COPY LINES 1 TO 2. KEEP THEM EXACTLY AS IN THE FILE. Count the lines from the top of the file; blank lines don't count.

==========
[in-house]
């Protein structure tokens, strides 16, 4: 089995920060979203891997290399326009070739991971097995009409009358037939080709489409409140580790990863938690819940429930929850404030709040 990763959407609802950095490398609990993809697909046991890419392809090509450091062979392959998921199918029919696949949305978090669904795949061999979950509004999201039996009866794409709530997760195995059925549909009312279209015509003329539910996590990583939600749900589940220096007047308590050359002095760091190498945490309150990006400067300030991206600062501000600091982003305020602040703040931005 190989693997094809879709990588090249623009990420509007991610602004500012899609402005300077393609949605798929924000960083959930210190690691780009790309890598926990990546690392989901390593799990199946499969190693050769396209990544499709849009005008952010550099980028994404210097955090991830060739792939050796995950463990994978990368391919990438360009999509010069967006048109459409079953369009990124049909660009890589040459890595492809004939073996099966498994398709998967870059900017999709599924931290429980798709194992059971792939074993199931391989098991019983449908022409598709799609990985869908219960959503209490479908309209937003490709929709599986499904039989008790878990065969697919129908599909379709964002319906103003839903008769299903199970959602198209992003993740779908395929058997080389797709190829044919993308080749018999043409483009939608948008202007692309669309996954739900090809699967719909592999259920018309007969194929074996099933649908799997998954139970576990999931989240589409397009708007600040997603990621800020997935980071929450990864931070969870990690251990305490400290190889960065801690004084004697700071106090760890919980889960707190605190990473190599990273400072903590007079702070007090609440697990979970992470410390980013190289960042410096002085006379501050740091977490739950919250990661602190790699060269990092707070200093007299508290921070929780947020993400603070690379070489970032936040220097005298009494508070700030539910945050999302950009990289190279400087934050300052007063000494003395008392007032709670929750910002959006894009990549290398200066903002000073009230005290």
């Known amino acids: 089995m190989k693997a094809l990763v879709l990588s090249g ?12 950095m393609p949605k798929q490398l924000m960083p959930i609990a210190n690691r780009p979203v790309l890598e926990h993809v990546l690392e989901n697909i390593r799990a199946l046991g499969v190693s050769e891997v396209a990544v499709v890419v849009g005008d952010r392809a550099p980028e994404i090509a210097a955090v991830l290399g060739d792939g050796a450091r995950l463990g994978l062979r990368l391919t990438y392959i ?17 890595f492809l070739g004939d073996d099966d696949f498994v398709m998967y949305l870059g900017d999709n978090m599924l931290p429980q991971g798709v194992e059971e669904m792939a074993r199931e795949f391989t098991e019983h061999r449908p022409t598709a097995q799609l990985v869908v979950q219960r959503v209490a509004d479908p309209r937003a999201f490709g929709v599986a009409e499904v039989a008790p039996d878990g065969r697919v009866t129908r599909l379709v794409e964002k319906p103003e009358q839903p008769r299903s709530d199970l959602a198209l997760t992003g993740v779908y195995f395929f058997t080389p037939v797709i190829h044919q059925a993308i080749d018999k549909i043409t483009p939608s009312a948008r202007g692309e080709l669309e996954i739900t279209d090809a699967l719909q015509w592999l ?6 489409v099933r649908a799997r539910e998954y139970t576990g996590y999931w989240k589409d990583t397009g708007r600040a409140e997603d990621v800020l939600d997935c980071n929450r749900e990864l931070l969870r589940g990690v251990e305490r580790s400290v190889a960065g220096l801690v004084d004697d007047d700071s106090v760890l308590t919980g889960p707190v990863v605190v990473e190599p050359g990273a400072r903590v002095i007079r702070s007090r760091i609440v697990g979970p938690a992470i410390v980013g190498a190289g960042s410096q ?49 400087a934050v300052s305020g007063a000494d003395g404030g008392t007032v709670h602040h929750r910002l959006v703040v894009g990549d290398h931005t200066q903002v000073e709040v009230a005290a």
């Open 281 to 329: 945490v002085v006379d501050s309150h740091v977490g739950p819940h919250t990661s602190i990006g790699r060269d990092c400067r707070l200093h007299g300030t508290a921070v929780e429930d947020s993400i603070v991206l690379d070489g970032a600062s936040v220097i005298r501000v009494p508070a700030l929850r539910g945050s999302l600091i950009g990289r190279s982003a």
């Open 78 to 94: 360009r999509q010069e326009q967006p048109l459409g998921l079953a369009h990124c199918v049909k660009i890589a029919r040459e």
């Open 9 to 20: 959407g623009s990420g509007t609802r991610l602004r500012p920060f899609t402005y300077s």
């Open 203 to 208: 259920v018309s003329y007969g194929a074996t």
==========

[in-house]
């Protein structure tokens, strides 16, 4: 089995920060979203891997290399326009070739991971097995009409009358037939080709489409409140580790990863938690819940429930929850404030709040 990763959407609802950095490398609990993809697909046991890419392809090509450091062979392959998921199918029919696949949305978090669904795949061999979950509004999201039996009866794409709530997760195995059925549909009312279209015509003329539910996590990583939600749900589940220096007047308590050359002095760091190498945490309150990006400067300030991206600062501000600091982003305020602040703040931005 190989693997094809879709990588090249623009990420509007991610602004500012899609402005300077393609949605798929924000960083959930210190690691780009790309890598926990990546690392989901390593799990199946499969190693050769396209990544499709849009005008952010550099980028994404210097955090991830060739792939050796995950463990994978990368391919990438360009999509010069967006048109459409079953369009990124049909660009890589040459890595492809004939073996099966498994398709998967870059900017999709599924931290429980798709194992059971792939074993199931391989098991019983449908022409598709799609990985869908219960959503209490479908309209937003490709929709599986499904039989008790878990065969697919129908599909379709964002319906103003839903008769299903199970959602198209992003993740779908395929058997080389797709190829044919993308080749018999043409483009939608948008202007692309669309996954739900090809699967719909592999259920018309007969194929074996099933649908799997998954139970576990999931989240589409397009708007600040997603990621800020997935980071929450990864931070969870990690251990305490400290190889960065801690004084004697700071106090760890919980889960707190605190990473190599990273400072903590007079702070007090609440697990979970992470410390980013190289960042410096002085006379501050740091977490739950919250990661602190790699060269990092707070200093007299508290921070929780947020993400603070690379070489970032936040220097005298009494508070700030539910945050999302950009990289190279400087934050300052007063000494003395008392007032709670929750910002959006894009990549290398200066903002000073009230005290």